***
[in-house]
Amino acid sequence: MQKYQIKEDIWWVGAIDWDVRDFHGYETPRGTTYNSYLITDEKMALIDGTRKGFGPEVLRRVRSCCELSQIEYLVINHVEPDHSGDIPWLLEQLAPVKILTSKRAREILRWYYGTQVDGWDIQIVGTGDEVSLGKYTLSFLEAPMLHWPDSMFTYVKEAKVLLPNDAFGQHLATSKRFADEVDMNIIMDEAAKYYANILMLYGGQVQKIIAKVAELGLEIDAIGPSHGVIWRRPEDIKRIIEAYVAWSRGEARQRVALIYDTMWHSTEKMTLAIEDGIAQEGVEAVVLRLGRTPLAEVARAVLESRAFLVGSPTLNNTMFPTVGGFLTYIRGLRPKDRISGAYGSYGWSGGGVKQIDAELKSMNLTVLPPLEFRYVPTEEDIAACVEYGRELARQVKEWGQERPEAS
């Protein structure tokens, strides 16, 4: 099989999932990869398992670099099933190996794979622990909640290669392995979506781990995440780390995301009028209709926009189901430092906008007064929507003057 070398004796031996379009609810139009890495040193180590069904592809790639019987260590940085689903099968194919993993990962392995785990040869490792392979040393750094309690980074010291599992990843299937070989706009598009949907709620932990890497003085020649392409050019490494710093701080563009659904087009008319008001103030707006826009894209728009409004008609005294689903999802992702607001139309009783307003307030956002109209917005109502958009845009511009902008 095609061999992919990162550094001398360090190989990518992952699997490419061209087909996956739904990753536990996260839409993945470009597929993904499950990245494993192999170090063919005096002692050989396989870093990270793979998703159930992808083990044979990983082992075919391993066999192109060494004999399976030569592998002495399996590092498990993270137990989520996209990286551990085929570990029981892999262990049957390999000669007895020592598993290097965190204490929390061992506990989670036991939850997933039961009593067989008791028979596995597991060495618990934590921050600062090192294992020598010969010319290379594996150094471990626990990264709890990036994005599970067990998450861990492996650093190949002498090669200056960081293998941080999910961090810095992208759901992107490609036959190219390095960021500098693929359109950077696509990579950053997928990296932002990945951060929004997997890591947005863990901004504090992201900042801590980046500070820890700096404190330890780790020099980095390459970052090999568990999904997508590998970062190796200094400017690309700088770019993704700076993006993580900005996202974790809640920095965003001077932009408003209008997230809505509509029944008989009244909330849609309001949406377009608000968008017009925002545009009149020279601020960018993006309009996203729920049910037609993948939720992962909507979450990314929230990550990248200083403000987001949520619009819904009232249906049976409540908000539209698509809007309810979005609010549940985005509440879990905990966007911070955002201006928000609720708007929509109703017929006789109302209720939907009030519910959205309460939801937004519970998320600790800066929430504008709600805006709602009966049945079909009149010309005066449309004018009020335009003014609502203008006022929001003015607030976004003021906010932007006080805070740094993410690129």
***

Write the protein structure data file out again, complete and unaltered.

[in-house]
Amino acid sequence: MQKYQIKEDIWWVGAIDWDVRDFHGYETPRGTTYNSYLITDEKMALIDGTRKGFGPEVLRRVRSCCELSQIEYLVINHVEPDHSGDIPWLLEQLAPVKILTSKRAREILRWYYGTQVDGWDIQIVGTGDEVSLGKYTLSFLEAPMLHWPDSMFTYVKEAKVLLPNDAFGQHLATSKRFADEVDMNIIMDEAAKYYANILMLYGGQVQKIIAKVAELGLEIDAIGPSHGVIWRRPEDIKRIIEAYVAWSRGEARQRVALIYDTMWHSTEKMTLAIEDGIAQEGVEAVVLRLGRTPLAEVARAVLESRAFLVGSPTLNNTMFPTVGGFLTYIRGLRPKDRISGAYGSYGWSGGGVKQIDAELKSMNLTVLPPLEFRYVPTEEDIAACVEYGRELARQVKEWGQERPEAS
């Protein structure tokens, strides 16, 4: 099989999932990869398992670099099933190996794979622990909640290669392995979506781990995440780390995301009028209709926009189901430092906008007064929507003057 070398004796031996379009609810139009890495040193180590069904592809790639019987260590940085689903099968194919993993990962392995785990040869490792392979040393750094309690980074010291599992990843299937070989706009598009949907709620932990890497003085020649392409050019490494710093701080563009659904087009008319008001103030707006826009894209728009409004008609005294689903999802992702607001139309009783307003307030956002109209917005109502958009845009511009902008 095609061999992919990162550094001398360090190989990518992952699997490419061209087909996956739904990753536990996260839409993945470009597929993904499950990245494993192999170090063919005096002692050989396989870093990270793979998703159930992808083990044979990983082992075919391993066999192109060494004999399976030569592998002495399996590092498990993270137990989520996209990286551990085929570990029981892999262990049957390999000669007895020592598993290097965190204490929390061992506990989670036991939850997933039961009593067989008791028979596995597991060495618990934590921050600062090192294992020598010969010319290379594996150094471990626990990264709890990036994005599970067990998450861990492996650093190949002498090669200056960081293998941080999910961090810095992208759901992107490609036959190219390095960021500098693929359109950077696509990579950053997928990296932002990945951060929004997997890591947005863990901004504090992201900042801590980046500070820890700096404190330890780790020099980095390459970052090999568990999904997508590998970062190796200094400017690309700088770019993704700076993006993580900005996202974790809640920095965003001077932009408003209008997230809505509509029944008989009244909330849609309001949406377009608000968008017009925002545009009149020279601020960018993006309009996203729920049910037609993948939720992962909507979450990314929230990550990248200083403000987001949520619009819904009232249906049976409540908000539209698509809007309810979005609010549940985005509440879990905990966007911070955002201006928000609720708007929509109703017929006789109302209720939907009030519910959205309460939801937004519970998320600790800066929430504008709600805006709602009966049945079909009149010309005066449309004018009020335009003014609502203008006022929001003015607030976004003021906010932007006080805070740094993410690129």